MANCHESTER, N.H. (AP) — Scrambling to salvage his presidential campaign, Joe Biden escalated his criticism of Pete Buttigieg on Saturday, mocking Buttigieg’s experience as mayor of South Bend, Indiana, and warning that he would struggle without the support of black voters who are the backbone of the Democratic Party.
At a campaign event in New Hampshire, as well as in a new online ad, Biden was biting in his critique of Buttigieg, who spent eight years leading a Midwestern city of about 100,000 people.
“I do not believe we’re a party at risk if I’m the nominee,” Biden told voters in Manchester. “I do believe we’re a party at risk if we nominate someone who has never held a higher office than the mayor of South Bend, Indiana.”
Biden is trying to avoid falling far behind both Buttigieg and Vermont Sen. Bernie Sanders in a second straight nominating contest. Buttigieg and Sanders finished in an effective tie in the Iowa caucuses last Monday and are leading polls in New Hampshire heading into Tuesday’s primary. Biden was a distant fourth in Iowa, also finishing behind Elizabeth Warren.
Shortly before he spoke in Manchester, Biden’s campaign released a video comparing his record as vice president with Buttigieg’s service as mayor. While Biden helped President Barack Obama pass sweeping health care legislation and orchestrate a bailout of the auto industry, the ad says, Buttigieg was installing decorative lights on bridges and repairing sidewalks.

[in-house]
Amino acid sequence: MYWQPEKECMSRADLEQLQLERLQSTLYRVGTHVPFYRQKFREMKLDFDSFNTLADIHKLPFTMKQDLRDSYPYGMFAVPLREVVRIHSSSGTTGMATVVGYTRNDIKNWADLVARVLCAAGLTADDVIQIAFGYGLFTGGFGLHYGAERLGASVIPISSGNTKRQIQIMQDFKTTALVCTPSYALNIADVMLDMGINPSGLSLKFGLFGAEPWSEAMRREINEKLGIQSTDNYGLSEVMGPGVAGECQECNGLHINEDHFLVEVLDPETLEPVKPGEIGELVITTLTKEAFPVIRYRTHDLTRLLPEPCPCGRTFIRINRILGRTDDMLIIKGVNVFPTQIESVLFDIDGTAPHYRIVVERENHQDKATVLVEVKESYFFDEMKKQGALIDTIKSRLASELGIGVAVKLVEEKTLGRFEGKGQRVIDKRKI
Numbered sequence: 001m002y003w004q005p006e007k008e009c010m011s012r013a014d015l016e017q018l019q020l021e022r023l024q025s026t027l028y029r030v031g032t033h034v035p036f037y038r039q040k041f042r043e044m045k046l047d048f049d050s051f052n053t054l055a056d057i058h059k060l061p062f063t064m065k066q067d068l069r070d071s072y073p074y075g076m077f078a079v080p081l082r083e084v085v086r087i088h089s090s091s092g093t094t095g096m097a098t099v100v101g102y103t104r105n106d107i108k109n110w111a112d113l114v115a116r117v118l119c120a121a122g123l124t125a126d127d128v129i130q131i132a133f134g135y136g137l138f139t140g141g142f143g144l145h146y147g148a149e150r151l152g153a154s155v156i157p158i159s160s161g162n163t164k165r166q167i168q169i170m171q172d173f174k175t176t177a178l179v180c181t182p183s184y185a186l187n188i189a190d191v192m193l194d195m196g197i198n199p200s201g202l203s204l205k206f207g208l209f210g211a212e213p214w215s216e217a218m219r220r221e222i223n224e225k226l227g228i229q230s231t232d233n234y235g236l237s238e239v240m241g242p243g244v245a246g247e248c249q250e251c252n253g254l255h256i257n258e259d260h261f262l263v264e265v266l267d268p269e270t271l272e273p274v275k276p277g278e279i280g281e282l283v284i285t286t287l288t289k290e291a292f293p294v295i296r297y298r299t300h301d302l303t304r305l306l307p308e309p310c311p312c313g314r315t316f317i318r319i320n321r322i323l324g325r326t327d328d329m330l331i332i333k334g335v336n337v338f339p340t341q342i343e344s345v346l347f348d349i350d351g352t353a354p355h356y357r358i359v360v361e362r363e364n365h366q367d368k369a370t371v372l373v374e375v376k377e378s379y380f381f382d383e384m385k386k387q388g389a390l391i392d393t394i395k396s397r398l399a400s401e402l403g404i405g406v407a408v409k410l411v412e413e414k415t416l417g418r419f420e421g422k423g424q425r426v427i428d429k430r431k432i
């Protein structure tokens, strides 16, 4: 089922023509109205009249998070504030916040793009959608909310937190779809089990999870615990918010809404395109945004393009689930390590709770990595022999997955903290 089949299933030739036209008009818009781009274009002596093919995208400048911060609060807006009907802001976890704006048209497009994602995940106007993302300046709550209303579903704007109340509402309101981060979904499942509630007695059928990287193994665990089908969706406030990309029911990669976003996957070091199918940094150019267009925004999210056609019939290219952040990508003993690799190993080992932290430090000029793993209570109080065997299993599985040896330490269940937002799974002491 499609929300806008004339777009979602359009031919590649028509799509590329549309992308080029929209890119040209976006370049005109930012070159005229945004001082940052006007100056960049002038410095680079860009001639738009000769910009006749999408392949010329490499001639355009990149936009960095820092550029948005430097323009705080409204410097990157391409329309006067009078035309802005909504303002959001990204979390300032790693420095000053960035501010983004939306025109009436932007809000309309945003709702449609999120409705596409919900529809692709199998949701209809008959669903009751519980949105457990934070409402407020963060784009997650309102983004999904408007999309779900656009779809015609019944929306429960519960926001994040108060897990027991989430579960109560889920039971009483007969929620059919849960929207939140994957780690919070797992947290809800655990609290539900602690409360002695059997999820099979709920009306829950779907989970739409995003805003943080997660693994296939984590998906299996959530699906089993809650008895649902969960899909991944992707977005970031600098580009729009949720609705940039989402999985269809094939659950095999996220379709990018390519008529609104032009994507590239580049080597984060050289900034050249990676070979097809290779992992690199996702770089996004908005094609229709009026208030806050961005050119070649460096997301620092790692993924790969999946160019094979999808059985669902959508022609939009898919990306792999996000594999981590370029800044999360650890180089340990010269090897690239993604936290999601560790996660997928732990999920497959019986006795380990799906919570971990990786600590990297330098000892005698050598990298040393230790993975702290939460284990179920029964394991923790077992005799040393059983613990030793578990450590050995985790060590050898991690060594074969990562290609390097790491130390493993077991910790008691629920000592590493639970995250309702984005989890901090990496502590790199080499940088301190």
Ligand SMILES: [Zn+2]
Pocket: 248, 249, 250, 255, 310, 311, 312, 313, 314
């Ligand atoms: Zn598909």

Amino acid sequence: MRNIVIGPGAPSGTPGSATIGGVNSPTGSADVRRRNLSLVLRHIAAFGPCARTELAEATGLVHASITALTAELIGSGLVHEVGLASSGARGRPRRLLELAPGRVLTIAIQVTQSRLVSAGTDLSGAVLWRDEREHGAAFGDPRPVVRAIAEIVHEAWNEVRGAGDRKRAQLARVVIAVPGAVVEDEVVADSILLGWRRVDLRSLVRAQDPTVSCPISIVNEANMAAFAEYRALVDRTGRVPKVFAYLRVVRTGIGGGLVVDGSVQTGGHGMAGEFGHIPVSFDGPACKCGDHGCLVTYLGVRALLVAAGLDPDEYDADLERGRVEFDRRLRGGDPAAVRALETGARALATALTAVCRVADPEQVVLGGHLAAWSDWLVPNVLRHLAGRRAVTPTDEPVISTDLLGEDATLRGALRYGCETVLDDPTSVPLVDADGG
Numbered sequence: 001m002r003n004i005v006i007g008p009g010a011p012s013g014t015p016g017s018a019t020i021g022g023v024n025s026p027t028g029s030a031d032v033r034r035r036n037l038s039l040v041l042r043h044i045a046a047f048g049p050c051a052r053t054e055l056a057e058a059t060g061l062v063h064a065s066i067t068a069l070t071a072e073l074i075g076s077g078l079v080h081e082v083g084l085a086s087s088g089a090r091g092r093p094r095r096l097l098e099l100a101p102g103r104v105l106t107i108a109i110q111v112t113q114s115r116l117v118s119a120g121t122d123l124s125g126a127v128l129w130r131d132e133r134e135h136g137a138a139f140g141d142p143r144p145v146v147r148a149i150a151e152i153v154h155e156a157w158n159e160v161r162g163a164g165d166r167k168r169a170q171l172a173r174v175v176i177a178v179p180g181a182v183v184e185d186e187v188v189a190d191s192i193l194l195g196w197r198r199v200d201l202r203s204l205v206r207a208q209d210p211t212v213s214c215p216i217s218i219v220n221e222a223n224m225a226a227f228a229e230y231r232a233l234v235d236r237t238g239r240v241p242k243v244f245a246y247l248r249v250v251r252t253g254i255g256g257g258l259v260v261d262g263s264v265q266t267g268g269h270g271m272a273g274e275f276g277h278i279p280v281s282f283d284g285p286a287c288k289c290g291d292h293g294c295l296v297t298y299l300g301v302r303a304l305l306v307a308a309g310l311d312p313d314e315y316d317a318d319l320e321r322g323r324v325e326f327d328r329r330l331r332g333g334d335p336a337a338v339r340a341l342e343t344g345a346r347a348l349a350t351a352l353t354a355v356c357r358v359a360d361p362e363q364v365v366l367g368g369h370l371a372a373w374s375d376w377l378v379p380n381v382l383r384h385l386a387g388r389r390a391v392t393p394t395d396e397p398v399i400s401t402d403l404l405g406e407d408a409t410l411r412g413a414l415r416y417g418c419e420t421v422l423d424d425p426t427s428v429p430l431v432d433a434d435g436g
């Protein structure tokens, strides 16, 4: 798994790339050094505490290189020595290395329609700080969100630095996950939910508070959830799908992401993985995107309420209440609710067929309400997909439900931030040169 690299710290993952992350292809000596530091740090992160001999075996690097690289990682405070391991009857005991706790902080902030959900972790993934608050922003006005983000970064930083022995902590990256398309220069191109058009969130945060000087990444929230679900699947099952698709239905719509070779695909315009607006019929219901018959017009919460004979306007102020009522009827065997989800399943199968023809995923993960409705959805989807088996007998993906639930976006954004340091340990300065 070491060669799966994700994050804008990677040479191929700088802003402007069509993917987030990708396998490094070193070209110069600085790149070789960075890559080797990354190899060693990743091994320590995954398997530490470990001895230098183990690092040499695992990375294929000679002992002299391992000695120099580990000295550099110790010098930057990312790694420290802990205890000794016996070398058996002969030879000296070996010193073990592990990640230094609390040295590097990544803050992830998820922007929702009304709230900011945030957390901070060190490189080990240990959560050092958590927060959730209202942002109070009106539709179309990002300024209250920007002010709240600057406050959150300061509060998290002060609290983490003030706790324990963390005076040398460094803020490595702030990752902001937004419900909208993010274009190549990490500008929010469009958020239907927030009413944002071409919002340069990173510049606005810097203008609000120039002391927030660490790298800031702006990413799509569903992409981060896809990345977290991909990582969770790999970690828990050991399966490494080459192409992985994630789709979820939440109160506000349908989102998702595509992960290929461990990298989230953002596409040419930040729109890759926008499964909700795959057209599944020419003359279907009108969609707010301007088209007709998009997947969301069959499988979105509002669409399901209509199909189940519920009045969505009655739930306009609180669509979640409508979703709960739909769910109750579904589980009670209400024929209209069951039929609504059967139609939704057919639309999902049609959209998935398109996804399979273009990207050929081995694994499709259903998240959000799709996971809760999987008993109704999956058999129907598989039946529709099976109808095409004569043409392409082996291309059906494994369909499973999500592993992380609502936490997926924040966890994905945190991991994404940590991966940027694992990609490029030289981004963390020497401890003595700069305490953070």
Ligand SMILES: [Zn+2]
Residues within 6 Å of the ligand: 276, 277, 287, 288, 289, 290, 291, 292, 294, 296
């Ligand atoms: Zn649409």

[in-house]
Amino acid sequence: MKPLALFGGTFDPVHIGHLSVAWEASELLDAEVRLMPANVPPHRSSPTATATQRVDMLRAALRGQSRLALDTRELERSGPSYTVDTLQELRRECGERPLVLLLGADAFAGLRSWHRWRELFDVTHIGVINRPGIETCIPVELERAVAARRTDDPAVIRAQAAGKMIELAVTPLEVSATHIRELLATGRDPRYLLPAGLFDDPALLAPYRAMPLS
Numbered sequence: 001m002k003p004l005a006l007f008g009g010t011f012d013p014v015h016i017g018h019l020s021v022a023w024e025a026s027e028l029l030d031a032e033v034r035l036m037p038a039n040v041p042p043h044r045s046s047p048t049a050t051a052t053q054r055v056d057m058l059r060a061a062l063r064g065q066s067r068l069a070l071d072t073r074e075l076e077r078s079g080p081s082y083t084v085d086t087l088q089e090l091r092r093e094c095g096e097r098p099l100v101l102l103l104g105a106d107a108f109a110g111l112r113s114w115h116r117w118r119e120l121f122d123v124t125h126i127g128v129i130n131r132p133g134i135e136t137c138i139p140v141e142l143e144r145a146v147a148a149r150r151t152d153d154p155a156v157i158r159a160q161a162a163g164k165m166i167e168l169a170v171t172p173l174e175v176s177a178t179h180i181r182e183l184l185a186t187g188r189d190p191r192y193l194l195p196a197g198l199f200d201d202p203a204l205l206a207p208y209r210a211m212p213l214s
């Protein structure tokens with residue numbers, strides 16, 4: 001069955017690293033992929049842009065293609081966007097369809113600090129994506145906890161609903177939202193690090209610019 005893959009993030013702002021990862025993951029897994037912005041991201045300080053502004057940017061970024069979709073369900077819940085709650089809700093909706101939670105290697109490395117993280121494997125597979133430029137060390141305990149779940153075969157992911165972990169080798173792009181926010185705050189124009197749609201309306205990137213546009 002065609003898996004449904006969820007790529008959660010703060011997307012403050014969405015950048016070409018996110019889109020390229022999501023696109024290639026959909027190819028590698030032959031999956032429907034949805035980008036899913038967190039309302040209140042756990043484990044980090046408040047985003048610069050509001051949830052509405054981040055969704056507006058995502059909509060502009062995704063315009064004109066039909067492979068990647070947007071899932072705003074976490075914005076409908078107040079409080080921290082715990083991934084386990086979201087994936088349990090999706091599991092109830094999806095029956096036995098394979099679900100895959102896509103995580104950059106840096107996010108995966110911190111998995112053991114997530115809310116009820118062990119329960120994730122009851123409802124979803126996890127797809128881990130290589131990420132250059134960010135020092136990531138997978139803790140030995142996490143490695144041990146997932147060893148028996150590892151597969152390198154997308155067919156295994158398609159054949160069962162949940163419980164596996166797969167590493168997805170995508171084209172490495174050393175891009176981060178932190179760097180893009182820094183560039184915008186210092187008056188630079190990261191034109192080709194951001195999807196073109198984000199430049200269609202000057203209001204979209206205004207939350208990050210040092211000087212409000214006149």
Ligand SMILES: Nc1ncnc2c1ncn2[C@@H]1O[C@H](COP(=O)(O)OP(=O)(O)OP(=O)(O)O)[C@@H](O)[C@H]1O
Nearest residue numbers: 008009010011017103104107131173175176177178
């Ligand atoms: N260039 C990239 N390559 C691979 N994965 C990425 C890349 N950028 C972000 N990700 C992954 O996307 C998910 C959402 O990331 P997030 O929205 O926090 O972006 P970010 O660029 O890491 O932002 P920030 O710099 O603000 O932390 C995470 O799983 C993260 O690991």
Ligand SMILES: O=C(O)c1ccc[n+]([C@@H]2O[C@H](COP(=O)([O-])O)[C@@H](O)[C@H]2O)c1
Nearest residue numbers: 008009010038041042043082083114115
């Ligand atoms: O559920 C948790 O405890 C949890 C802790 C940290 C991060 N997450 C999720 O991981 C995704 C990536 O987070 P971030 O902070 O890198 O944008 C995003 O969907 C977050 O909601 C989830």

Buttigieg’s campaign accused Biden of trivializing the work that goes on in small cities across the country.
“The vice president’s decision to run this ad speaks more to where he currently stands in this race than it does about Pete’s perspective as a mayor and veteran,” said Chris Meagher, Buttigieg’s campaign spokesman.
Biden said during a debate Friday night that he probably will struggle in the New Hampshire contest, which Sanders won by more than 20 percentage points during his 2016 campaign. Biden hopes to stay viable through South Carolina, which votes at the end of the month and is the first state on the primary calendar with a large black population.
Buttigieg has struggled to build support with black voters, according to public opinion polls, and Biden is hoping that Buttigieg’s early momentum is blunted when the campaign heads south.
“This is a diverse party,” Biden said. “It’s the reason why we’re strong. Our nominee has to reflect that strength.”
Biden and others in the race, including Minnesota Sen. Amy Klobuchar, have also issued pointed warnings in recent days about what they see as the risks of nominating Sanders, a self-described democratic socialist.
Klobuchar leaned into that criticism in the debate and was the only candidate to raise a hand when moderators asked if anyone was worried about having Sanders at the top of the ticket. On Saturday, Klobuchar said the moment proved she isn’t afraid to say what she thinks.
“People know I’m straightforward and I tell them the truth,” she said. Klobuchar also announced to voters that her campaign had raised $1.5 million since the debate.
Warren, who represents neighboring Massachusetts in the Senate, also needs a strong finish in New Hampshire to prove her campaign viability in the primary. As she spoke to supporters before they headed out to knock on doors, she noted that it had been three years since Senate Majority Leader Mitch McConnell, R-Ky., admonished her on the Senate floor with the phrase “nevertheless, she persisted” — an expression that Warren has turned into a motto for her campaign.
“I’ve been winning unwinnable fights pretty much all my life,” she said.
Associated Pres writers Holly Ramer in Durham, New Hampshire, and Kathleen Ronayne in Manchester contributed to this report.
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